Portal ENSP - Escola Nacional de Saúde Pública Sergio Arouca Portal FIOCRUZ - Fundação Oswaldo Cruz

Cadernos de Saúde Pública

ISSN 1678-4464

36 nº.6

Rio de Janeiro, Junho 2020


Expectativa de vida com impacto negativo da saúde bucal física sobre a qualidade de vida em idosos

Eduardo José Pereira Oliveira, Luciana Correia Alves, Yeda Aparecida de Oliveira Duarte, Fabíola Bof de Andrade


  • Artigo
  • Autores
  • Comentários (0)
  • Informações Suplementares

As doenças bucais podem afetar a saúde geral e a expectativa de vida dos idosos. O estudo avalia a expectativa de vida com impacto negativo da saúde bucal física sobre a qualidade de vida (POHIQoL, por sua sigla em inglês) em idosos. A expectativa de vida com POHIQoL negativa foi estimada pelo método de Sullivan, usando a prevalência de POHIQoL, obtida no estudo Saúde, Bem-Estar e Envelhecimento (Estudo SABE), e dados de mortalidade oficiais para adultos com idade de 60 anos ou mais e residentes em São Paulo, Brasil. Entre 2000 e 2010, a POHIQoL negativa aumentou de 23,4% (IC95%: 20,2-26,9) para 30,4% (IC95%: 27,0-34,3) entre idosos. Nos indivíduos com 60 anos, a expectativa de vida total era maior em mulheres do que em homens em 2000 (22 e 17,5 anos, respectivamente) e em 2010 (23,7 e 19,4 anos respectivamente). A proporção de indivíduos com anos de vida remanescentes com POHIQoL negativa aumentou de 25,1% para 32,1% no mesmo período. Os indivíduos com 60 anos com menor escolaridade viveriam menos anos com POHIQoL negativa, comparados aos com escolaridade maior (2000: 15,9 [IC95%: 15,0-16,8] vs. 14,3 [IC95%: 13,7-14,8]; 2010: 16,3 [IC95%: 15,1-17,4] vs. 14,1 [IC95%: 13,2-15,1]). Além disso, as mulheres poderiam esperar viver mais anos com POHIQoL negativa do que os homens. Entre 2000 e 2010, houve um aumento na expectativa de vida com POHIQoL negativa, além da existência de desigualdades por gênero e escolaridade, entre os idosos brasileiros. A ampliação da cobertura e o foco na assistência odontológica ainda são necessários para superar os problemas persistentes de saúde bucal e as desigualdades associadas, e assim, contribuir para o envelhecimento saudável.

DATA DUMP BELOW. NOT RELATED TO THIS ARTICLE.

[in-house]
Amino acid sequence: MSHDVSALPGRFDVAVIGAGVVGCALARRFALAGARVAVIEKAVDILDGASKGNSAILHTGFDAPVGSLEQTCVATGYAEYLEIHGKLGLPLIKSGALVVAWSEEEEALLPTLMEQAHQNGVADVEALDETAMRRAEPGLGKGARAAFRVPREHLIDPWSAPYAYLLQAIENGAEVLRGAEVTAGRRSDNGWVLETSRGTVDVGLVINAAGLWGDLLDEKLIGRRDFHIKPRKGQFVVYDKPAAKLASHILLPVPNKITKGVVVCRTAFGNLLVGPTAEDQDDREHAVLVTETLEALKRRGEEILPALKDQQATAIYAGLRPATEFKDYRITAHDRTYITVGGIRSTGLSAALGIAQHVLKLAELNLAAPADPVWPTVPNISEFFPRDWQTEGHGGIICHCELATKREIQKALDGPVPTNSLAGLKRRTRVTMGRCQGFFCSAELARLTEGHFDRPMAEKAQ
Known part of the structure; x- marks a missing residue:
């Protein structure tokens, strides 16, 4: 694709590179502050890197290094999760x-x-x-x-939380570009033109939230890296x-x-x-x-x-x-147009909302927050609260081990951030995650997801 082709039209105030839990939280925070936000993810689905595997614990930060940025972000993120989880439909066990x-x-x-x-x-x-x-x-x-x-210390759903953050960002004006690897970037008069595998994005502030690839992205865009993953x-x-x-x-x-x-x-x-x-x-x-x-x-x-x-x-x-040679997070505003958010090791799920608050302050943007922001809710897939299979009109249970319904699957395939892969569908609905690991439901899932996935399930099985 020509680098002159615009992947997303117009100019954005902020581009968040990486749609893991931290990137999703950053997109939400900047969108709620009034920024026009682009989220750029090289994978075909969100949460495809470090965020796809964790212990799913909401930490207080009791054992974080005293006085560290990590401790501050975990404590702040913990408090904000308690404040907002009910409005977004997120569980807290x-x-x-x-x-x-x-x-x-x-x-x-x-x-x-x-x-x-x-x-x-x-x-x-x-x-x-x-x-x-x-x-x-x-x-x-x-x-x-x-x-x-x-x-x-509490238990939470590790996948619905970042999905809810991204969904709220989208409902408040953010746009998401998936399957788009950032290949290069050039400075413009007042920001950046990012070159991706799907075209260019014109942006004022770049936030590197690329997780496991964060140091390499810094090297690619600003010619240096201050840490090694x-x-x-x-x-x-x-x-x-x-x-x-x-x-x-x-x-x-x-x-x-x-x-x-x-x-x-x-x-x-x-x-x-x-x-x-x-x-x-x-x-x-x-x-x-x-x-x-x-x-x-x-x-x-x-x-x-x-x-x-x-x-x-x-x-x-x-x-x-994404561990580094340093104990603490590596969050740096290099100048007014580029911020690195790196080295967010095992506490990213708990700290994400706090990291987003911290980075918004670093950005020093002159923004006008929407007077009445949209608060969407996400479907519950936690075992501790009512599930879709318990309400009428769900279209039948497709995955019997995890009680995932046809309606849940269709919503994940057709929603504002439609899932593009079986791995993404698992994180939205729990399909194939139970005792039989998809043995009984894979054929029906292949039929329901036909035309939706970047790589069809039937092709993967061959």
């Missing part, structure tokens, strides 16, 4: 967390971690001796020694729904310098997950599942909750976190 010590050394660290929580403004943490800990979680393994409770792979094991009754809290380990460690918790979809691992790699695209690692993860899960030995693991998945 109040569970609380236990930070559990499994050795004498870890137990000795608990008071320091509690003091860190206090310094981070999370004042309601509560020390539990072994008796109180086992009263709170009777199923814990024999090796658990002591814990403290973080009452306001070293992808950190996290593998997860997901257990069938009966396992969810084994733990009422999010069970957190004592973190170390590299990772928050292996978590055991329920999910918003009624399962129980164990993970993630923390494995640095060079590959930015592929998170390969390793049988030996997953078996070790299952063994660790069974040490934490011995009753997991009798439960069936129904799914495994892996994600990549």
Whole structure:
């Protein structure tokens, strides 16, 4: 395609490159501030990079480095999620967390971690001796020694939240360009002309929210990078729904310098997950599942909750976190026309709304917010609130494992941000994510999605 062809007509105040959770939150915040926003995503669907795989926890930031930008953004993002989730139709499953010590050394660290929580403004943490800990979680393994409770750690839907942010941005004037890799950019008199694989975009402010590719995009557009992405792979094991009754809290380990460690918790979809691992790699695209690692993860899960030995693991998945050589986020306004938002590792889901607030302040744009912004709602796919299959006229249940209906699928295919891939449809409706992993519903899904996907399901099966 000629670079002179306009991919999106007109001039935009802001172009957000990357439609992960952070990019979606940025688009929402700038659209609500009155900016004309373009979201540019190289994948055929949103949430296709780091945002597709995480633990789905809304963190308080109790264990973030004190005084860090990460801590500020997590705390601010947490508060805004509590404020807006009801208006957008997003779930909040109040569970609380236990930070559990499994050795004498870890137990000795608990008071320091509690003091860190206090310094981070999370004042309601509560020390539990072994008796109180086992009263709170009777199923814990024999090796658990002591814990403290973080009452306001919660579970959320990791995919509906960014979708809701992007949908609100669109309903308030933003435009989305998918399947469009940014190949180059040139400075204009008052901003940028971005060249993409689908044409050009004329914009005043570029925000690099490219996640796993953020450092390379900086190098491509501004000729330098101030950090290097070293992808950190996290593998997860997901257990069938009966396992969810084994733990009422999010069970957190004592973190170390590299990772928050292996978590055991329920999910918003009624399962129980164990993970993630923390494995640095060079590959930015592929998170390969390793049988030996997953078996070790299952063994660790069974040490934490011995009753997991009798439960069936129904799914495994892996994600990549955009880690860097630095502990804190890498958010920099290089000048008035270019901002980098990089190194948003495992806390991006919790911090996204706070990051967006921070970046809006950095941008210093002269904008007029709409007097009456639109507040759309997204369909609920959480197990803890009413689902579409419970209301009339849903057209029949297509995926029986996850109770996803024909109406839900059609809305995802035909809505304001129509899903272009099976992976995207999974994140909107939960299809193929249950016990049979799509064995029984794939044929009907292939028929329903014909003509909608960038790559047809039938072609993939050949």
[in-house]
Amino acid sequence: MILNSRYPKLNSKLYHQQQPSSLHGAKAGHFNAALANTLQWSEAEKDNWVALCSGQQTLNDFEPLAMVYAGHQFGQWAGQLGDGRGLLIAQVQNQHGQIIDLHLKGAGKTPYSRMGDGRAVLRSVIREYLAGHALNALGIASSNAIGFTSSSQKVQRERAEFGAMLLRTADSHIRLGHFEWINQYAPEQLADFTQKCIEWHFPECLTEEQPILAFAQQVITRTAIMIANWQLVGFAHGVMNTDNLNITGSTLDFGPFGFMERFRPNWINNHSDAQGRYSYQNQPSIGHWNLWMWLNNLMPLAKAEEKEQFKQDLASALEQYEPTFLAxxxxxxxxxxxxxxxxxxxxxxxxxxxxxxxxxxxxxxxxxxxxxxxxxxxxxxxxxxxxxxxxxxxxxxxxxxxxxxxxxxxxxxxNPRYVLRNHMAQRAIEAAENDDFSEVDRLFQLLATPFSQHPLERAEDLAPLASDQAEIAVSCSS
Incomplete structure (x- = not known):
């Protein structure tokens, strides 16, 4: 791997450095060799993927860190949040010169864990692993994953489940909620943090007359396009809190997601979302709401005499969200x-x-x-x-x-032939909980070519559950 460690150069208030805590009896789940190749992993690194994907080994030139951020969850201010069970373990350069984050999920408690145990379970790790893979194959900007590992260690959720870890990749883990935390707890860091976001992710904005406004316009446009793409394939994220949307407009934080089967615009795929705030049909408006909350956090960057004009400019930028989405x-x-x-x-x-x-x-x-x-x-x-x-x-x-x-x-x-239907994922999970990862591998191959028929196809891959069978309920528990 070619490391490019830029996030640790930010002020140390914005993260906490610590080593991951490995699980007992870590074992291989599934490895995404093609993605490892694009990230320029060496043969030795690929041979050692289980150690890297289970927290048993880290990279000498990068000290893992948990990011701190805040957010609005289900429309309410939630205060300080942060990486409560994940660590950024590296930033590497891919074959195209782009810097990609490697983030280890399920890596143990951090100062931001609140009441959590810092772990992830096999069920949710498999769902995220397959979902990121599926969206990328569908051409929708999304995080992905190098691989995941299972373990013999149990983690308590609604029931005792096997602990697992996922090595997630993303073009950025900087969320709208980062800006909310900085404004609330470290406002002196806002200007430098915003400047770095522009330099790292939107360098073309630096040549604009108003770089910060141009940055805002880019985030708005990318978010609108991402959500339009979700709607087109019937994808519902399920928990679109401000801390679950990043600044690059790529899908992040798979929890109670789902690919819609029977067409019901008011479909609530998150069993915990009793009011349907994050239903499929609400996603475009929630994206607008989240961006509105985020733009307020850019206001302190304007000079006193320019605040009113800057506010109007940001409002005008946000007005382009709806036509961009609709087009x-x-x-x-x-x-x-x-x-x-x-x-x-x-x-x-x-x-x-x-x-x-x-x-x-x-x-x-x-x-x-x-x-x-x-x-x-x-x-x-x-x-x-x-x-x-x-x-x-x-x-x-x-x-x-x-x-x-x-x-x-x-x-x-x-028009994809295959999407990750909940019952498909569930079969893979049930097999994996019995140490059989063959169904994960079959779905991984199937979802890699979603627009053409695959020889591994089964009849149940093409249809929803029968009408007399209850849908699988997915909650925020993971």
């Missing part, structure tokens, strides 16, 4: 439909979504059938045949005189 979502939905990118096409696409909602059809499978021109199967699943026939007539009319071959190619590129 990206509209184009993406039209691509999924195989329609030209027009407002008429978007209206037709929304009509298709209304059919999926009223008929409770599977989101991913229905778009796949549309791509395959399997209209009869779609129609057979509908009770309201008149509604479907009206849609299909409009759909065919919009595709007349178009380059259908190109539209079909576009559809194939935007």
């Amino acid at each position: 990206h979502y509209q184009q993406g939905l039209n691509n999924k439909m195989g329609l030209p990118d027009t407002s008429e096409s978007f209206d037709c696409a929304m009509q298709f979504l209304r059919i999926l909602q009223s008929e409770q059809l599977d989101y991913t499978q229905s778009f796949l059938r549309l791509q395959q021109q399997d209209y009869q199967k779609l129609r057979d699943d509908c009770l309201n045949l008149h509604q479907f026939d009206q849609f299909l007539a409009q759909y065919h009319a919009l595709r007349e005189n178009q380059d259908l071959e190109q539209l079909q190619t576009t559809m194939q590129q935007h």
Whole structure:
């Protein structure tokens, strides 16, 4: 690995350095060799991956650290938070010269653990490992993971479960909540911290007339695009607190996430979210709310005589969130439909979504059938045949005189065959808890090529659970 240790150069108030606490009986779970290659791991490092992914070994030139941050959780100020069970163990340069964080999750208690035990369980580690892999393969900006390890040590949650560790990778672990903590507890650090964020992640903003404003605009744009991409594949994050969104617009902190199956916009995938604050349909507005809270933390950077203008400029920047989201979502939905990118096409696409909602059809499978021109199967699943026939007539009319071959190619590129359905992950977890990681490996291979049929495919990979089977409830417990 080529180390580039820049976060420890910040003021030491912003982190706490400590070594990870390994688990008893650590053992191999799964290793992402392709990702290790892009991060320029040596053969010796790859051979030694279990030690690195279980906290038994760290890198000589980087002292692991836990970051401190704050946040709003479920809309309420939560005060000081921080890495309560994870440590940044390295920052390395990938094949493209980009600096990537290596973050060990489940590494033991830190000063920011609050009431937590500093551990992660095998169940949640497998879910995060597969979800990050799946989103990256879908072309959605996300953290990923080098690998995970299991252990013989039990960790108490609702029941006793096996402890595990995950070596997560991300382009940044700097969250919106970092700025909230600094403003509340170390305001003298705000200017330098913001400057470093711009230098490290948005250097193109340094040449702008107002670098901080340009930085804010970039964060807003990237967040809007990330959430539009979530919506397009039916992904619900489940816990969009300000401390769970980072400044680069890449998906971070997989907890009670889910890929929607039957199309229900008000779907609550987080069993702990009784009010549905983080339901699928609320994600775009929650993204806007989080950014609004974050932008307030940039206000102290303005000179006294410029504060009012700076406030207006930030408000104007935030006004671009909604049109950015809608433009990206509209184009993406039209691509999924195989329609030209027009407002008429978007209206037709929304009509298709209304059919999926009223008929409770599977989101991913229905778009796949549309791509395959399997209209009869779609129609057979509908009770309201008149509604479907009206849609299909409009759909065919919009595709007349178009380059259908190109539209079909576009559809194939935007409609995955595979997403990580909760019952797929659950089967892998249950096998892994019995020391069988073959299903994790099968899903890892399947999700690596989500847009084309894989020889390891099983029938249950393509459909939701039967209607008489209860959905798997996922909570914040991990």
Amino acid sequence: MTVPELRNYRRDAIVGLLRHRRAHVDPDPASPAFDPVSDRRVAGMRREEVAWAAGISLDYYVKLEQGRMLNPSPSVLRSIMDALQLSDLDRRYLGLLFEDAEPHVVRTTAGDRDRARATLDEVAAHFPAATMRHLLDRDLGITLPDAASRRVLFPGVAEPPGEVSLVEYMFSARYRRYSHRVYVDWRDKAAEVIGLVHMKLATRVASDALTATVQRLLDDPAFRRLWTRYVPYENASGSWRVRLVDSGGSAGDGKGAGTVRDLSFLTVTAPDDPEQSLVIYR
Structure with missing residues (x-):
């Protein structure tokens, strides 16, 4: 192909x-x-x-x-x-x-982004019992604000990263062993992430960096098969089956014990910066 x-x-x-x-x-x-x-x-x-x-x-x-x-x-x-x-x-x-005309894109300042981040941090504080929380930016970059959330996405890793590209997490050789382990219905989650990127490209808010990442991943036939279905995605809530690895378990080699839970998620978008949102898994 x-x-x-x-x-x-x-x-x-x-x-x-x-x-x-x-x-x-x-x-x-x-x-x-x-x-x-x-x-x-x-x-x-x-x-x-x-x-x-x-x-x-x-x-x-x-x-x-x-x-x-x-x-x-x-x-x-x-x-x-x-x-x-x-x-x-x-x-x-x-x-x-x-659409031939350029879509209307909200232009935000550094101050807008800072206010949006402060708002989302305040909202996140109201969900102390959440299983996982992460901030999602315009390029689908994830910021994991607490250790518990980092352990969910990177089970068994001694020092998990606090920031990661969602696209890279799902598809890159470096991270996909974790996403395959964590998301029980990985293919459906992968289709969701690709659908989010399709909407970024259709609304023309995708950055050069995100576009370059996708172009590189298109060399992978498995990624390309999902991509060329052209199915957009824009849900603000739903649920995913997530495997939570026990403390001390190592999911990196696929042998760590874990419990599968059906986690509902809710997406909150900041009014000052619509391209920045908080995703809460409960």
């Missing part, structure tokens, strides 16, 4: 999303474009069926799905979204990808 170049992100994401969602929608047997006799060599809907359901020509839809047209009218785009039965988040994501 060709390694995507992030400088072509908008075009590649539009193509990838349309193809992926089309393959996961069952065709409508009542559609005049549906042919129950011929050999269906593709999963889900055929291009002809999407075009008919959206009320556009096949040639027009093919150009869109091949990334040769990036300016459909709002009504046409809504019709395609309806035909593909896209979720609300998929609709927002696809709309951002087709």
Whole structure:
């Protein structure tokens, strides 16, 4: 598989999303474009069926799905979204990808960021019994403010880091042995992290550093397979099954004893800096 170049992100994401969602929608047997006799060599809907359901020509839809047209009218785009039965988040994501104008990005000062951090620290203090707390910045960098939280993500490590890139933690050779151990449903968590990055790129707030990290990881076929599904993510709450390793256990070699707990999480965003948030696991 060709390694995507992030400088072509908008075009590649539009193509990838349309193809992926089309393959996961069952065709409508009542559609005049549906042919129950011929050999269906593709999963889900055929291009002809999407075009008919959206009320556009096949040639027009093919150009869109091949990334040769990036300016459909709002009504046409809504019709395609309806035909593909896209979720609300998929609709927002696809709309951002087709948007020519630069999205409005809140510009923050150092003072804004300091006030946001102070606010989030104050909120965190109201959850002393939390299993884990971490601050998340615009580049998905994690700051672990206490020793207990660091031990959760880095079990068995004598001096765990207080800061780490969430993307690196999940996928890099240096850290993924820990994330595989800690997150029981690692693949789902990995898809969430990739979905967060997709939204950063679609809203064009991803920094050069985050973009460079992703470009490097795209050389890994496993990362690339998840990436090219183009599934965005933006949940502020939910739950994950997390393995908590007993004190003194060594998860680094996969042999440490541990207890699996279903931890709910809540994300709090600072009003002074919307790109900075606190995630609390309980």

Expectativa de Vida; Qualidade de Vida; Envelhecimento; Saúde Bucal



Oral health is related to overall health and mortality among older adults 1,2,3. Dental caries in permanent teeth is the most prevalent disease; edentulism affects 10% of adults aged 50 years old and over worldwide 4. Such problems are associated with chewing ability - which harms 10% of Brazilian adults 5 - and physical oral function 6,7. Oral disorders also affect the nutritional state 8, frailty 3, disabilities 1, cognitive function 9, among other health outcomes, which are closely related to reduction in life and healthy life expectancy 7,10,11,12,13.

Older Brazilian adults are living longer and the incidence of adverse outcomes have been progressively concentrated in later life 10,11,12,14, with few years lived with morbidities among individuals with higher socioeconomic status 10,13. Tooth loss has reduced among younger adults; however; discrete changes have been observed among the older ones 5,15,16, with the distribution of oral diseases being disproportionally concentrated among the most vulnerable groups 5,16,17,18. Those improvements arose the concern about the quality of the years added to life and the role of oral health in healthy ageing 4,7,19.

Oral health has affected overall health and life expectancy 2,19,20,21. Oral impairments predict adverse health outcomes, such as poor nutrition and low-grade chronic inflammation, which are closely related to shorter survival rates in old age 2,19. Moreover, some authors 20 have observed that having less than 20 teeth predicted higher disability-free life expectancy in Japanese older adults. Another study 21 found an association between oral problems (such as tooth loss, caries and periodontal disease) and lower quality-adjusted life expectancy among 60-year and older persons in United States.

Despite the consistent evidences about the role of oral health on quality of life 6,22,23,24, general health conditions 1,3,7,8,9, and longevity 2,19, there is no study that directly assess life expectancy with or without oral impairments. Therefore, our study sought to evaluate life expectancy with negative physical oral health impacts on quality of life among older adults from the municipality of São Paulo, Brazil, in 2000 and 2010. We also evaluated the existence of inequalities in this unhealthy life expectancy.